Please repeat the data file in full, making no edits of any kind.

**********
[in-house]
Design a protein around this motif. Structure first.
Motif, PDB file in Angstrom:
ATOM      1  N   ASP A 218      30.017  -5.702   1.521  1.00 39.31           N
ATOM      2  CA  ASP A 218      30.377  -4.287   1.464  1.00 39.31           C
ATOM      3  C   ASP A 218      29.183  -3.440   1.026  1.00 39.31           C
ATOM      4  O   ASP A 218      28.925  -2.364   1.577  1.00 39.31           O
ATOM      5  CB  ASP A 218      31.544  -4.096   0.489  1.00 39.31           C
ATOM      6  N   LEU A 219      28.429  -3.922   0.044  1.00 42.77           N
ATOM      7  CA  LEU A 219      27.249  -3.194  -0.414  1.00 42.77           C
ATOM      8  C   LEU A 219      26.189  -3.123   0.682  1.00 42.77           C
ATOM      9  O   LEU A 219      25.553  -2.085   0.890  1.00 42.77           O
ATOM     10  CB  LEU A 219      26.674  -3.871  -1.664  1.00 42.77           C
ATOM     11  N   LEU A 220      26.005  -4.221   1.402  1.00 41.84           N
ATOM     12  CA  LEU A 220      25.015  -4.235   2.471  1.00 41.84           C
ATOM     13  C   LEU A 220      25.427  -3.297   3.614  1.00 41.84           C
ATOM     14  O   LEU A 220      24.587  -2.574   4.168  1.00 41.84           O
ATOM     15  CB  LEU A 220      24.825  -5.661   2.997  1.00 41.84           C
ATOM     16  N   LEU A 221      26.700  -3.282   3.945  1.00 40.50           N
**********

[in-house]
Design a protein around this motif. Structure first.
Motif, PDB file in Angstrom:
ATOM      1  N   ASP A 218      30.017  -5.702   1.521  1.00 39.31           N
ATOM      2  CA  ASP A 218      30.377  -4.287   1.464  1.00 39.31           C
ATOM      3  C   ASP A 218      29.183  -3.440   1.026  1.00 39.31           C
ATOM      4  O   ASP A 218      28.925  -2.364   1.577  1.00 39.31           O
ATOM      5  CB  ASP A 218      31.544  -4.096   0.489  1.00 39.31           C
ATOM      6  N   LEU A 219      28.429  -3.922   0.044  1.00 42.77           N
ATOM      7  CA  LEU A 219      27.249  -3.194  -0.414  1.00 42.77           C
ATOM      8  C   LEU A 219      26.189  -3.123   0.682  1.00 42.77           C
ATOM      9  O   LEU A 219      25.553  -2.085   0.890  1.00 42.77           O
ATOM     10  CB  LEU A 219      26.674  -3.871  -1.664  1.00 42.77           C
ATOM     11  N   LEU A 220      26.005  -4.221   1.402  1.00 41.84           N
ATOM     12  CA  LEU A 220      25.015  -4.235   2.471  1.00 41.84           C
ATOM     13  C   LEU A 220      25.427  -3.297   3.614  1.00 41.84           C
ATOM     14  O   LEU A 220      24.587  -2.574   4.168  1.00 41.84           O
ATOM     15  CB  LEU A 220      24.825  -5.661   2.997  1.00 41.84           C
ATOM     16  N   LEU A 221      26.700  -3.282   3.945  1.00 40.50           N